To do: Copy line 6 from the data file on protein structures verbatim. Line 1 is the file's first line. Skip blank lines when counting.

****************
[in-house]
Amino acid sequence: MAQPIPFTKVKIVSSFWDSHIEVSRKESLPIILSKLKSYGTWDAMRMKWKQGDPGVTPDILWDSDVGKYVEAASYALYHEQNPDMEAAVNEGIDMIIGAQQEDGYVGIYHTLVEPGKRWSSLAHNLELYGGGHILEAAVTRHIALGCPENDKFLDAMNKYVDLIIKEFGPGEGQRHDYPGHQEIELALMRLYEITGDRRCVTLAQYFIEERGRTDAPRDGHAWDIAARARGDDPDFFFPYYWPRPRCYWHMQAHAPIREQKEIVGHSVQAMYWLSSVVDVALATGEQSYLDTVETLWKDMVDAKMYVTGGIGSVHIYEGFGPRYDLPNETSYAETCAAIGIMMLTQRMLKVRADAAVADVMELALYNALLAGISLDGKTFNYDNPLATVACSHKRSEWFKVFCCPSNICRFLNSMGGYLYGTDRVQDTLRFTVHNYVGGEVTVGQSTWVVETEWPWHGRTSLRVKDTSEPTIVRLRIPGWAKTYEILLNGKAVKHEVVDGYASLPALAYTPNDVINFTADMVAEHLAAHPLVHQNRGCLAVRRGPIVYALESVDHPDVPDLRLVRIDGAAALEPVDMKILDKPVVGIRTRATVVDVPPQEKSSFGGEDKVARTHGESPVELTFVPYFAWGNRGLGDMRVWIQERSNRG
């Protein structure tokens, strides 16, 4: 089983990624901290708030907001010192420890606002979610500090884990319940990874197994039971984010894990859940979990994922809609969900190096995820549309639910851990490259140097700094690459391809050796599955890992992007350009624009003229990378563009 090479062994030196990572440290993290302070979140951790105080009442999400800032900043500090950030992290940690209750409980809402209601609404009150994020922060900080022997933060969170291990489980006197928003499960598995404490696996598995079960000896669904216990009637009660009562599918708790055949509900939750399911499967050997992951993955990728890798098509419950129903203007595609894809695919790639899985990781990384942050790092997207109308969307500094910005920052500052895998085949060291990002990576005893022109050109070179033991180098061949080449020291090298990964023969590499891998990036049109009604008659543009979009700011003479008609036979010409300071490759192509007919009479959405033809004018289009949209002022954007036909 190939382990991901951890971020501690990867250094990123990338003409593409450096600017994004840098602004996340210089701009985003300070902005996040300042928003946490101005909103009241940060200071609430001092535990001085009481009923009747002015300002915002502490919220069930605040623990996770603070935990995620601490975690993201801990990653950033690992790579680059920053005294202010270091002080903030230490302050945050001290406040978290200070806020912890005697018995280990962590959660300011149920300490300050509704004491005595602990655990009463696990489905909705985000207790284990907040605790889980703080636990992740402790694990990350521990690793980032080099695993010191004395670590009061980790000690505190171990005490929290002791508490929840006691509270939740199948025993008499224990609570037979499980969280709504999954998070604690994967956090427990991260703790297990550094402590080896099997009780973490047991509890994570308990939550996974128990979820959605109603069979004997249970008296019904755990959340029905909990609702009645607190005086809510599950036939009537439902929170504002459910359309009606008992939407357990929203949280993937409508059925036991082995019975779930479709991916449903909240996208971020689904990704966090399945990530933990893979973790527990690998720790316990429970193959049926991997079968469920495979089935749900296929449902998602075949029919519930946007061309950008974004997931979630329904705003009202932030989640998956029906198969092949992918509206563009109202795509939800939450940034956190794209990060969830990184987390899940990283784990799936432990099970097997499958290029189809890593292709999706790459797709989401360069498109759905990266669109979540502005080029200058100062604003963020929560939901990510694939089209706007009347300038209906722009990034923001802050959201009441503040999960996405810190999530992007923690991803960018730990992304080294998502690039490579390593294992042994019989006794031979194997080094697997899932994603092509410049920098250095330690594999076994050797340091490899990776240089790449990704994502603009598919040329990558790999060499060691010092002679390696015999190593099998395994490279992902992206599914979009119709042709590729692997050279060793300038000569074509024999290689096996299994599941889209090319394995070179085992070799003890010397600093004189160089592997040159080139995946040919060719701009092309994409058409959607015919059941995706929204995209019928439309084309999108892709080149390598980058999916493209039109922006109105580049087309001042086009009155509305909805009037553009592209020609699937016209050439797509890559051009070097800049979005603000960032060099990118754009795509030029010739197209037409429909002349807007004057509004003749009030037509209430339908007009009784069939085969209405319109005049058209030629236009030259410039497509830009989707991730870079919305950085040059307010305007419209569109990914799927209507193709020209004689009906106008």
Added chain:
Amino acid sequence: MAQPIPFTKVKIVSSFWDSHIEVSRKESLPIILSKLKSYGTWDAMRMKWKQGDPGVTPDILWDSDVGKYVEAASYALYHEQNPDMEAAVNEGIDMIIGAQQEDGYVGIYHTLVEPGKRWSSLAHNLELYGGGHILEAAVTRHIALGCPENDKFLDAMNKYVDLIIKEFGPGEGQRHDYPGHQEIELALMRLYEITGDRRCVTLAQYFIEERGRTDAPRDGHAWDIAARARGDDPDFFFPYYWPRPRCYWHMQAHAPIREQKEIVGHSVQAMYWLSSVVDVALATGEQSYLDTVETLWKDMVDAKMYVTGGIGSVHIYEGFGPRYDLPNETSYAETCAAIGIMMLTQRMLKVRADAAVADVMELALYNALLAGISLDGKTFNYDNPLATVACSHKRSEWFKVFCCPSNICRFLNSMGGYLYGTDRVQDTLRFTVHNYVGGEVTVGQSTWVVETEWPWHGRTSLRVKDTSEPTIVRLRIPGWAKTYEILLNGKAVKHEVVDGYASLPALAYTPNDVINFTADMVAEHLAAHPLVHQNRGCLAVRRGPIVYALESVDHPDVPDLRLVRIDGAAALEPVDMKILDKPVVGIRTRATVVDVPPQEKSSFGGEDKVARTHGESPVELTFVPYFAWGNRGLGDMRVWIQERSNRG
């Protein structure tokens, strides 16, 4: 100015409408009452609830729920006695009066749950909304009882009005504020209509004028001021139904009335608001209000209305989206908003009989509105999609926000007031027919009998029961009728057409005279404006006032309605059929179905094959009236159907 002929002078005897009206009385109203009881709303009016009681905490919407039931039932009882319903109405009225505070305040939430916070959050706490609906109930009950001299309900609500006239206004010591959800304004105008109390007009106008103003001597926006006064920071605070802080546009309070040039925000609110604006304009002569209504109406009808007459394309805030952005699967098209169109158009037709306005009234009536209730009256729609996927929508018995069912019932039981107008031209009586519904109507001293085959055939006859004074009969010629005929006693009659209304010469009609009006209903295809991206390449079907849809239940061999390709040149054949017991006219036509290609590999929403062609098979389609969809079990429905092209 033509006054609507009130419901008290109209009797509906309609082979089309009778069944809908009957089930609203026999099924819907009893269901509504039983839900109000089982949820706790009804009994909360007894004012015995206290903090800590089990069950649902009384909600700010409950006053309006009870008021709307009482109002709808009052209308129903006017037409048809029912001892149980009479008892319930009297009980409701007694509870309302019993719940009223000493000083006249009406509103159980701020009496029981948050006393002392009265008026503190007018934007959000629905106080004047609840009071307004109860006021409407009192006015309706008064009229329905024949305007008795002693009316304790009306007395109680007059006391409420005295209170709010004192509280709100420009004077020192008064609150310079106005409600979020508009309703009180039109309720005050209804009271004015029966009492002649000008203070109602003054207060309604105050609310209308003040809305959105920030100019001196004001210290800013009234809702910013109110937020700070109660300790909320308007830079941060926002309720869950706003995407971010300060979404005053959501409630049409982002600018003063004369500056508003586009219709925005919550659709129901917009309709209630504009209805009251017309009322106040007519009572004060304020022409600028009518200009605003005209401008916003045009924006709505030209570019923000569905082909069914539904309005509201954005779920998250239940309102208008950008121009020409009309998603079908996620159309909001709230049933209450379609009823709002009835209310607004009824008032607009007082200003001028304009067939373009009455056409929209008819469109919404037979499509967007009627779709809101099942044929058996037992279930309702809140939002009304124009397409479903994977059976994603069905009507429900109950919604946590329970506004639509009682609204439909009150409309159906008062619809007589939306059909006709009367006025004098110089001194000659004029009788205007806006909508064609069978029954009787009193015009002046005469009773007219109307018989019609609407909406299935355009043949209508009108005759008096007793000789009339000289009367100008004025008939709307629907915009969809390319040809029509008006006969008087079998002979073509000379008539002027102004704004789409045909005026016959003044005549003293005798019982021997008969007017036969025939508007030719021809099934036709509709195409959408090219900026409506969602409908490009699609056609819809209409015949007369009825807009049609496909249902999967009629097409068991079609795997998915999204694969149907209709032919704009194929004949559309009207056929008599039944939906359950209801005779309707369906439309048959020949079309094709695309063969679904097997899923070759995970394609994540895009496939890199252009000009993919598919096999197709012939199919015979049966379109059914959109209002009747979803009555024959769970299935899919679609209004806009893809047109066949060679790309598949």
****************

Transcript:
């Protein structure tokens, strides 16, 4: 100015409408009452609830729920006695009066749950909304009882009005504020209509004028001021139904009335608001209000209305989206908003009989509105999609926000007031027919009998029961009728057409005279404006006032309605059929179905094959009236159907 002929002078005897009206009385109203009881709303009016009681905490919407039931039932009882319903109405009225505070305040939430916070959050706490609906109930009950001299309900609500006239206004010591959800304004105008109390007009106008103003001597926006006064920071605070802080546009309070040039925000609110604006304009002569209504109406009808007459394309805030952005699967098209169109158009037709306005009234009536209730009256729609996927929508018995069912019932039981107008031209009586519904109507001293085959055939006859004074009969010629005929006693009659209304010469009609009006209903295809991206390449079907849809239940061999390709040149054949017991006219036509290609590999929403062609098979389609969809079990429905092209 033509006054609507009130419901008290109209009797509906309609082979089309009778069944809908009957089930609203026999099924819907009893269901509504039983839900109000089982949820706790009804009994909360007894004012015995206290903090800590089990069950649902009384909600700010409950006053309006009870008021709307009482109002709808009052209308129903006017037409048809029912001892149980009479008892319930009297009980409701007694509870309302019993719940009223000493000083006249009406509103159980701020009496029981948050006393002392009265008026503190007018934007959000629905106080004047609840009071307004109860006021409407009192006015309706008064009229329905024949305007008795002693009316304790009306007395109680007059006391409420005295209170709010004192509280709100420009004077020192008064609150310079106005409600979020508009309703009180039109309720005050209804009271004015029966009492002649000008203070109602003054207060309604105050609310209308003040809305959105920030100019001196004001210290800013009234809702910013109110937020700070109660300790909320308007830079941060926002309720869950706003995407971010300060979404005053959501409630049409982002600018003063004369500056508003586009219709925005919550659709129901917009309709209630504009209805009251017309009322106040007519009572004060304020022409600028009518200009605003005209401008916003045009924006709505030209570019923000569905082909069914539904309005509201954005779920998250239940309102208008950008121009020409009309998603079908996620159309909001709230049933209450379609009823709002009835209310607004009824008032607009007082200003001028304009067939373009009455056409929209008819469109919404037979499509967007009627779709809101099942044929058996037992279930309702809140939002009304124009397409479903994977059976994603069905009507429900109950919604946590329970506004639509009682609204439909009150409309159906008062619809007589939306059909006709009367006025004098110089001194000659004029009788205007806006909508064609069978029954009787009193015009002046005469009773007219109307018989019609609407909406299935355009043949209508009108005759008096007793000789009339000289009367100008004025008939709307629907915009969809390319040809029509008006006969008087079998002979073509000379008539002027102004704004789409045909005026016959003044005549003293005798019982021997008969007017036969025939508007030719021809099934036709509709195409959408090219900026409506969602409908490009699609056609819809209409015949007369009825807009049609496909249902999967009629097409068991079609795997998915999204694969149907209709032919704009194929004949559309009207056929008599039944939906359950209801005779309707369906439309048959020949079309094709695309063969679904097997899923070759995970394609994540895009496939890199252009000009993919598919096999197709012939199919015979049966379109059914959109209002009747979803009555024959769970299935899919679609209004806009893809047109066949060679790309598949």